Raiders could be better off with transition out of Al Davis era 

click to enlarge Al Davis always did things his way, and the post-Al era could be an opportunity for much-needed change in Oakland. (AP file photo) - AL DAVIS ALWAYS DID THINGS HIS WAY, AND THE POST-AL ERA COULD BE AN OPPORTUNITY FOR MUCH-NEEDED CHANGE IN OAKLAND. (AP FILE PHOTO)
  • Al Davis always did things his way, and the post-Al era could be an opportunity for much-needed change in Oakland. (AP file photo)
  • Al Davis always did things his way, and the post-Al era could be an opportunity for much-needed change in Oakland. (AP file photo)

A Raider for life. So many who wore the Silver and Black came back. So many in the organization never left. Fueled by a ferocious passion and vision, Al Davis rightfully earned their loyalty.

Unfortunately, his trusted inner circle was often left with little sway or say. Now, at the risk of sounding like a heretic, it’s possible the Raiders will actually improve as they transition from dictator to democracy.

Mark Davis, who is expected to replace his father as managing general partner, is described by George Atkinson as a “savvy guy who has been by his father’s side his whole life.”

The former safety and longtime Raiders broadcaster told me, “Mark was in every draft room and understands what it takes to run a team. He has tenacity and smarts. He just needs to surround himself with the right people.”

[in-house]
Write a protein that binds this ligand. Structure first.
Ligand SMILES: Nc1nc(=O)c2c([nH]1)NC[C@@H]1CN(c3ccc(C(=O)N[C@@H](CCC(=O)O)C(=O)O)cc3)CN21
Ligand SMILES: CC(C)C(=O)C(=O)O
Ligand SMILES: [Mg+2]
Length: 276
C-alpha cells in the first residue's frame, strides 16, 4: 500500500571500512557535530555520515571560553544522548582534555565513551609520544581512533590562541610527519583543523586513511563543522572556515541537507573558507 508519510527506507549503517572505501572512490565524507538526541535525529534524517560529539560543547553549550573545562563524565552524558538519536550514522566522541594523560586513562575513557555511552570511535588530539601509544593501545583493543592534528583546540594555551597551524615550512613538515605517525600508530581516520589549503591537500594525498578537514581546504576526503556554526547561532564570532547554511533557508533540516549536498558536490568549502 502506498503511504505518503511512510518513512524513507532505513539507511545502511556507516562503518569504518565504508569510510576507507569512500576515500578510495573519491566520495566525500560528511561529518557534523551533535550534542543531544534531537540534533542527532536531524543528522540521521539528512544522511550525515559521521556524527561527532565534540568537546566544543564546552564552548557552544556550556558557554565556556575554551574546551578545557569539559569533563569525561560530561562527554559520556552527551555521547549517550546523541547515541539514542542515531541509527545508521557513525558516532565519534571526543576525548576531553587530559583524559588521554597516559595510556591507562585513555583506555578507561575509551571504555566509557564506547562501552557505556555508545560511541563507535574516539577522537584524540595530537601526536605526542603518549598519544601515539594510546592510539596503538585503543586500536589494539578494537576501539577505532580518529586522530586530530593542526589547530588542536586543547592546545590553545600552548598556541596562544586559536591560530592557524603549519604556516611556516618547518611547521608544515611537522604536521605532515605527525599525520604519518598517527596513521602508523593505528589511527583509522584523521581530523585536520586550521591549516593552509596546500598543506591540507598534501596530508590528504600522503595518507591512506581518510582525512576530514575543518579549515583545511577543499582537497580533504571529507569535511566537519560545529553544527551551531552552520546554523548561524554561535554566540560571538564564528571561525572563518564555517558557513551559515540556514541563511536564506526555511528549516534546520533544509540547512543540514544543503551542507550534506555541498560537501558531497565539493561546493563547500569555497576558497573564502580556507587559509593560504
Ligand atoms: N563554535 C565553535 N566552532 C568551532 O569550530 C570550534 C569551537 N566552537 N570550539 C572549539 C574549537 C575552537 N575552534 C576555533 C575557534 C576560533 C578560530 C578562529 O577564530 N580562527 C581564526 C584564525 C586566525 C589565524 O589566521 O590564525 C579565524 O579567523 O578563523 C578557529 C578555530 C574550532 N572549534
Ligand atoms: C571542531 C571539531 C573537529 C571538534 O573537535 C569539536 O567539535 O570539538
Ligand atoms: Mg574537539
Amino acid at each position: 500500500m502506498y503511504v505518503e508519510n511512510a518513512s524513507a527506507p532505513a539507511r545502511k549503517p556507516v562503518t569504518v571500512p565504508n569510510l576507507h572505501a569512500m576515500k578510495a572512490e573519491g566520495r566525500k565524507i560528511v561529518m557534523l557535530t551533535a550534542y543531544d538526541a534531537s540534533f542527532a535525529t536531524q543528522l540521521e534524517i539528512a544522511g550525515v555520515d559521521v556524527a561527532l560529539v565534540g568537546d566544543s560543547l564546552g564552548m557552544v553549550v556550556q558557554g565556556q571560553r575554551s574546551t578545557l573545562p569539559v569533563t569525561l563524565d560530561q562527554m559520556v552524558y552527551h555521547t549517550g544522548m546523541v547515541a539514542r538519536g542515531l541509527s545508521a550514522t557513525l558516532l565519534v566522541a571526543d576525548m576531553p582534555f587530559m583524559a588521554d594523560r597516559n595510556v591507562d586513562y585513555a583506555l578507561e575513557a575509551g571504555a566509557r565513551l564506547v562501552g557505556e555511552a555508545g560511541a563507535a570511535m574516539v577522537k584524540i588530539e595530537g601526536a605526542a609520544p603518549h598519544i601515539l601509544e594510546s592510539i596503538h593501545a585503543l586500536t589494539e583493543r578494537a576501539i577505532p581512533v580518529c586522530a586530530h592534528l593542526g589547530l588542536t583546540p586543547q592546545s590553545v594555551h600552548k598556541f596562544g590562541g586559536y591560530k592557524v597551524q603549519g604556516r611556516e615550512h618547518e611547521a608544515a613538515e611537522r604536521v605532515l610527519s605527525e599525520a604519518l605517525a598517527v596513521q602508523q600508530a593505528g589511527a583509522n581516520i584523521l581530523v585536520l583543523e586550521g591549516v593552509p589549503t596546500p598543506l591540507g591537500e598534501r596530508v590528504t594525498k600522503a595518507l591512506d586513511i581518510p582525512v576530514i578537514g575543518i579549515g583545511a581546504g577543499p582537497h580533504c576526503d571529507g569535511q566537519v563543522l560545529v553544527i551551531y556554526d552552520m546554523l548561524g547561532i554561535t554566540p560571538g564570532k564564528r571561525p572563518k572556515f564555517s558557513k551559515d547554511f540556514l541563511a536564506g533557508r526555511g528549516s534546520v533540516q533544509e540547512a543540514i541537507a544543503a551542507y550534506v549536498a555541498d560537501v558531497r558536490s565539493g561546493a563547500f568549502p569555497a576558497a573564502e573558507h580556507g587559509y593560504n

The right people have been there for decades. From Atkinson, Jim Otto, Tom Flores, Jim Plunkett and Cliff Branch to player personnel advisors Kent McCloughan, Mickey Marvin, Jon Kingdom and Bruce Kebric.

Too bad that rather than accepting his scouts’ first-hand evaluation of a player, Davis would watch film and draft who ever he wanted.

When I hosted the Raiders’ pregame and postgame radio talk shows with Atkinson (2005-09), countless former Raiders privately complained about the team’s lack of discipline and accountability.

They all professed a love for Al, but felt he needed help.

Coach Hue Jackson has certainly provided that. The expected hiring of a general manager is also long overdue.
Team executive John Herrera, who began his Raiders career as a ballboy 45 years ago, said, “Al was like a second father to me. He was my mentor. He cast a large shadow.”

Across the Bay, the 49ers stumbled after John York passed the torch to son Jed, who sang the praises of Mike Nolan and Mike Singletary before changing his tune and getting it right with Jim Harbaugh.

The younger Davis has a head start with a dynamic new coach, a team on the rise and an organization committed to the memory of the man who personified all that  Raider Nation loves.

KGO (810 AM) Sports Director Rich Walcoff can be heard weekdays from 5 to 9 a.m. on the KGO morning news. He can be reached at RichWalcoff@gmail.com.

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